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It also operates from other airports such as London City, Luton and Stansted.
These offer an exclusive terminal for private travellers, allowing people to move swiftly through the airport with minimal contact with other passengers.
There are no queues for security or other facilities where you would normally encounter large groups at commercial airports, regardless of which class you are flying.
When travelling private, you have your own cabin and space so you would never need to share – which is where the higher price comes into play. For some, it’s worth it.
You can request whether to have a host on the flight in order to minimize risk.
Air Partner says you can even opt out of having cabin crew service thanks to a newly launched service called Air Partner Protect.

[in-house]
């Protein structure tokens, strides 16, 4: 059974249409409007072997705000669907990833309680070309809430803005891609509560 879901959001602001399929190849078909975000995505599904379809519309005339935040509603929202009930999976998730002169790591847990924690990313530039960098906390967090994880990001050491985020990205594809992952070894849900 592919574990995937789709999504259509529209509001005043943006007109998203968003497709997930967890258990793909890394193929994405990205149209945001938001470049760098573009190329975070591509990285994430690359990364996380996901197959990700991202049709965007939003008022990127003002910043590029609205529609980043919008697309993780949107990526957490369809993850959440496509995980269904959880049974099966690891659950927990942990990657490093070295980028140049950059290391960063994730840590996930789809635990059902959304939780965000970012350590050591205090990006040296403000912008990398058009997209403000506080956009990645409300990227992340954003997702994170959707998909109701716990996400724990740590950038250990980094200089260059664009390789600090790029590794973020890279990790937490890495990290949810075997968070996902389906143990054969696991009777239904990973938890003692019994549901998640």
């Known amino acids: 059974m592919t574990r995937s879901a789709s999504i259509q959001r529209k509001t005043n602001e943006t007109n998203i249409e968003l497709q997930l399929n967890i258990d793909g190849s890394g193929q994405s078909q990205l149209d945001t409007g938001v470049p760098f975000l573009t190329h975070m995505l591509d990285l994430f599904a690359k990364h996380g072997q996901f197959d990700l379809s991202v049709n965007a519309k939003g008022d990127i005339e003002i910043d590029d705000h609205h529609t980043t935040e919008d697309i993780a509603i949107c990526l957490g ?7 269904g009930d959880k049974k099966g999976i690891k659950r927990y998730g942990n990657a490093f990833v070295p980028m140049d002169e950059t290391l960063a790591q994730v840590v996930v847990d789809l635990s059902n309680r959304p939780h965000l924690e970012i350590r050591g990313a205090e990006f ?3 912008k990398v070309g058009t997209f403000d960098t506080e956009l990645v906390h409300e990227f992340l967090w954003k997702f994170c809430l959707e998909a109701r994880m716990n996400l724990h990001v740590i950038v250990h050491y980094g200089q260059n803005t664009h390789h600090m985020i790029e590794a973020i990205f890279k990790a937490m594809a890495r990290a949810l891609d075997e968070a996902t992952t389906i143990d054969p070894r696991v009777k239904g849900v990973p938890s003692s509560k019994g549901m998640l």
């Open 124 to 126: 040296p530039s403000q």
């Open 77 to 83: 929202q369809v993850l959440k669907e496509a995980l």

It also says that it has ‘rigorous’ health and safety protocols including disinfecting aircraft, supplying PPE and temperature checking if necessary.
Who is a typical customer?
It says a typical private plane customer is ‘extremely diverse and far ranging’.
Private jets are usually hired to fly fewer than 20 people – perfect for those travelling for business or leisure according to Air Partner.
It says typically, some of the world’s largest businesses regularly use its services, as well as people in film and entertainment, governments and high net worth individuals who seek the privacy and flexibility of private aviation.
But, this has shifted somewhat thanks to the pandemic.
A significant proportion of its enquiries and bookings have been from people who are new to private travel.
People have been confined to their homes over the last few months so the demand for to travel, regardless whether for leisure or business, has significantly grown Air Partner believes.
It has seen more interest in leisure related bookings as summer holiday season means people are keen to spend time with friends and family.